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Stay active and exercise

Description

Being active is good for your overall health and well-being. People with arthritis who are active feel better than those who are not active.

Exercise keeps your muscles strong and increases your range of motion. This is the amount you can bend and flex your joints. Tired, weak muscles add to the pain or stiffness that arthritis causes.

Stronger muscles also help you with balance. This helps prevent falls. Being stronger can also help you lose weight, sleep better, and give you more energy.

Doing exercises and being as strong as possible before surgery will speed up your recovery.

Choose from these activities

Water exercises may be the best exercise for your knee. Swimming laps, water aerobics, or walking in the shallow end of a pool all make the muscles around your spine and knees stronger.

Ask your health care provider if you can use a stationary bike. If you have severe arthritis, using a bike may speed up damage to the cartilage and bone in your knee.

If you are not able to do water exercises or ride a stationary bike, try walking, as long as it does not cause too much pain. Walk on smooth, even surfaces, such as the sidewalks near your home or inside a shopping mall.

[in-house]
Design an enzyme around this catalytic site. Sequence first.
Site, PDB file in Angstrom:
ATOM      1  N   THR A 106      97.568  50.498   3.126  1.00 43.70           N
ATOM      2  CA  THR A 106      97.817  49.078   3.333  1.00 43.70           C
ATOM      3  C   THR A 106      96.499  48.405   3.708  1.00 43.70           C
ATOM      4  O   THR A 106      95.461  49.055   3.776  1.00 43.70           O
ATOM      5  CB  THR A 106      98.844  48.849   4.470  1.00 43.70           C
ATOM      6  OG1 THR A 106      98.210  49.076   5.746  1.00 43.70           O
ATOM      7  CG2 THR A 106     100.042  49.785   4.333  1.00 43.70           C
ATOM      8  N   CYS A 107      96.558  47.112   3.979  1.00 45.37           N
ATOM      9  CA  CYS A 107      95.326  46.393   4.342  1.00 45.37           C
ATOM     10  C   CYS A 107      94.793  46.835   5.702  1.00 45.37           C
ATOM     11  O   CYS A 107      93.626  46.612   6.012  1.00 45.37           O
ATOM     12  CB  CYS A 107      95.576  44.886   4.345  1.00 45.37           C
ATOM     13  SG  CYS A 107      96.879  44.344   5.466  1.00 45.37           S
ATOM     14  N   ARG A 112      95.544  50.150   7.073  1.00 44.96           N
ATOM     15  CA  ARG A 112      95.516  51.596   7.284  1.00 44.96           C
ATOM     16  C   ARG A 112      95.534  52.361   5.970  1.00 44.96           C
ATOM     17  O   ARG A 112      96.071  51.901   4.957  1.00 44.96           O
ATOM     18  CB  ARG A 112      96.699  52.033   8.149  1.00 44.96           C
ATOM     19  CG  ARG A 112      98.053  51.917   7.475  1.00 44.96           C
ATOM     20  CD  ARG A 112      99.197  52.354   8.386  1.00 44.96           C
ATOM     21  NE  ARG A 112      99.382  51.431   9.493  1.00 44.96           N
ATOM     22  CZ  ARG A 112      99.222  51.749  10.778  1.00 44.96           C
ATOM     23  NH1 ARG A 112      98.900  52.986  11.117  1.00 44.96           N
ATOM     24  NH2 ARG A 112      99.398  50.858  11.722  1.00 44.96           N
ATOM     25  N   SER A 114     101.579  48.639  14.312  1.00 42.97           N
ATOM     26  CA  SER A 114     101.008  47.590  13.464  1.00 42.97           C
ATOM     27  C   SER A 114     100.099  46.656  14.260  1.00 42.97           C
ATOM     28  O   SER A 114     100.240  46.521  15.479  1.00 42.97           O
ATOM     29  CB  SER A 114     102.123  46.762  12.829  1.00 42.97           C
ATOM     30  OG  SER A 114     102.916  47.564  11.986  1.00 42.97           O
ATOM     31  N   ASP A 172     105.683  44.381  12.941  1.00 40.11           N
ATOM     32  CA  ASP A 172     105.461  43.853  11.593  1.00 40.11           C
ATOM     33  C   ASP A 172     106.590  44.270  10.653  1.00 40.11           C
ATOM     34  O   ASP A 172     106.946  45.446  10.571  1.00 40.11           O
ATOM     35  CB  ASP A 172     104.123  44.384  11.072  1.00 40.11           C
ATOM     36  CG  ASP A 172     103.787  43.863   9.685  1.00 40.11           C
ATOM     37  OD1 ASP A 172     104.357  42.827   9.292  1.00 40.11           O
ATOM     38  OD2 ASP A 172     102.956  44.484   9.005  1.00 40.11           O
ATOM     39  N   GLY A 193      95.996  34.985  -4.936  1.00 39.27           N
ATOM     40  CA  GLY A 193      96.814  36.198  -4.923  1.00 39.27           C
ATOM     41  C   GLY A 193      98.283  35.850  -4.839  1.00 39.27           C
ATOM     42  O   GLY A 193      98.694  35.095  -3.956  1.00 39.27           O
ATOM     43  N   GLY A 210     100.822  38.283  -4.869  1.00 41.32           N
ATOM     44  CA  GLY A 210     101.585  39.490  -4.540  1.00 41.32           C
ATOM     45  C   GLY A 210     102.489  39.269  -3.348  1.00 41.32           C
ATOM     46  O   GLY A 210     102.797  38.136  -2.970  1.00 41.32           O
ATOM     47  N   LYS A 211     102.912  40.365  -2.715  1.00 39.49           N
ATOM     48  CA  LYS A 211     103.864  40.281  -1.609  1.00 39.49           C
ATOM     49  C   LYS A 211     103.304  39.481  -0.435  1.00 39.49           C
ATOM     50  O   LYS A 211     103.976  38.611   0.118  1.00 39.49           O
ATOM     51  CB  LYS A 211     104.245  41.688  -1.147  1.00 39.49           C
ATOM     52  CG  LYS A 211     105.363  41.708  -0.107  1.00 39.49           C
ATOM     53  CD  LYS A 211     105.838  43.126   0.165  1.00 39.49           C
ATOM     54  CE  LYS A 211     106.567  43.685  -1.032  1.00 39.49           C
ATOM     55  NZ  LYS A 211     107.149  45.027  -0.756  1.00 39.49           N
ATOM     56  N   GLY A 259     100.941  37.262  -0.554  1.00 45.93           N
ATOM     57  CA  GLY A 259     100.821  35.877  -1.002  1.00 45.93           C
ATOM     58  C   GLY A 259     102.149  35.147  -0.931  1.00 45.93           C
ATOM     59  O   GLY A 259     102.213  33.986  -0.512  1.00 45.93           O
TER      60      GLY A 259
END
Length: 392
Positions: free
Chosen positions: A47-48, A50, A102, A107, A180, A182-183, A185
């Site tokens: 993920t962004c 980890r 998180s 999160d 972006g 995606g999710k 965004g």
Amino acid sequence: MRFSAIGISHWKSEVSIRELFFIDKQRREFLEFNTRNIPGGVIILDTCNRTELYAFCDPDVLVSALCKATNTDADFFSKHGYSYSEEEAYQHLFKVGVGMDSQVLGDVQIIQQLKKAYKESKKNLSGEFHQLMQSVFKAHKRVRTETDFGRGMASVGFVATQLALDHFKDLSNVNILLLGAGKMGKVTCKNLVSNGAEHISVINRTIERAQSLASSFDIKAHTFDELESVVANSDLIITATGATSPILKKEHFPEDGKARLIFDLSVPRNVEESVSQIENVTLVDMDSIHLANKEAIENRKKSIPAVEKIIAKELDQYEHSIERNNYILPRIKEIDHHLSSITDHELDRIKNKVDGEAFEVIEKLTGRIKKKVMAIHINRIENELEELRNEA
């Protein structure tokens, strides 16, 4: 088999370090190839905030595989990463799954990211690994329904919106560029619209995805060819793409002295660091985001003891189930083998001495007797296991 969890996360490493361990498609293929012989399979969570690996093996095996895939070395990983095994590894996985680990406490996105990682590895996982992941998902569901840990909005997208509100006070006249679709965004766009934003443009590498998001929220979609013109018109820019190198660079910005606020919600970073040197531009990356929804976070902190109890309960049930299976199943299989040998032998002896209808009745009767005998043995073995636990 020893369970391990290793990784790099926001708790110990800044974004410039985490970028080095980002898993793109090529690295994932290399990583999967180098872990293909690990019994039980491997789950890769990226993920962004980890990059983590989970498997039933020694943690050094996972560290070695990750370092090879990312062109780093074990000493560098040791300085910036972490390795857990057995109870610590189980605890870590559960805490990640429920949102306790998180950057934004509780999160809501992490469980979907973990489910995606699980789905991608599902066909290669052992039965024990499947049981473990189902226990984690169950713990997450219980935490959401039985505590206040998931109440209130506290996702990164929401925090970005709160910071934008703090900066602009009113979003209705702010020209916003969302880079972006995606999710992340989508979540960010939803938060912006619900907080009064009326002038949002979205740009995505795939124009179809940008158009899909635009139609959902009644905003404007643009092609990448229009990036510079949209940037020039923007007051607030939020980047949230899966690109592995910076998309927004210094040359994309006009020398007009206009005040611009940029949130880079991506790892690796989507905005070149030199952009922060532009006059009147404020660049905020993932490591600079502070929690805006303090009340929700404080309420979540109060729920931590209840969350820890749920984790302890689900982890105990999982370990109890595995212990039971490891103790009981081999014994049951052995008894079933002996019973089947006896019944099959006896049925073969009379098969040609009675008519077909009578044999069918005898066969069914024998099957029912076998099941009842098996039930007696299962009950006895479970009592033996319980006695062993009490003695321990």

Ask your physical therapist or provider to show you gentle exercises to increase your range of motion and strengthen the muscles around your knees.

Be careful

As long as you don't overdo it, staying active and exercising won't make your knee arthritis become worse any faster.

It's fine to take acetaminophen (Tylenol) or another pain pill before you exercise. But don't overdo your exercise, because the medicine may mask pain.

If any exercise you do causes your pain to become worse later in the day, during the night, or the next day, cut back on how long or how hard you exercise the next time.

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Review Date: 8/9/2018

Reviewed By: C. Benjamin Ma, MD, Professor, Chief, Sports Medicine and Shoulder Service, UCSF Department of Orthopaedic Surgery, San Francisco, CA. Also reviewed by David Zieve, MD, MHA, Medical Director, Brenda Conaway, Editorial Director, and the A.D.A.M. Editorial team.

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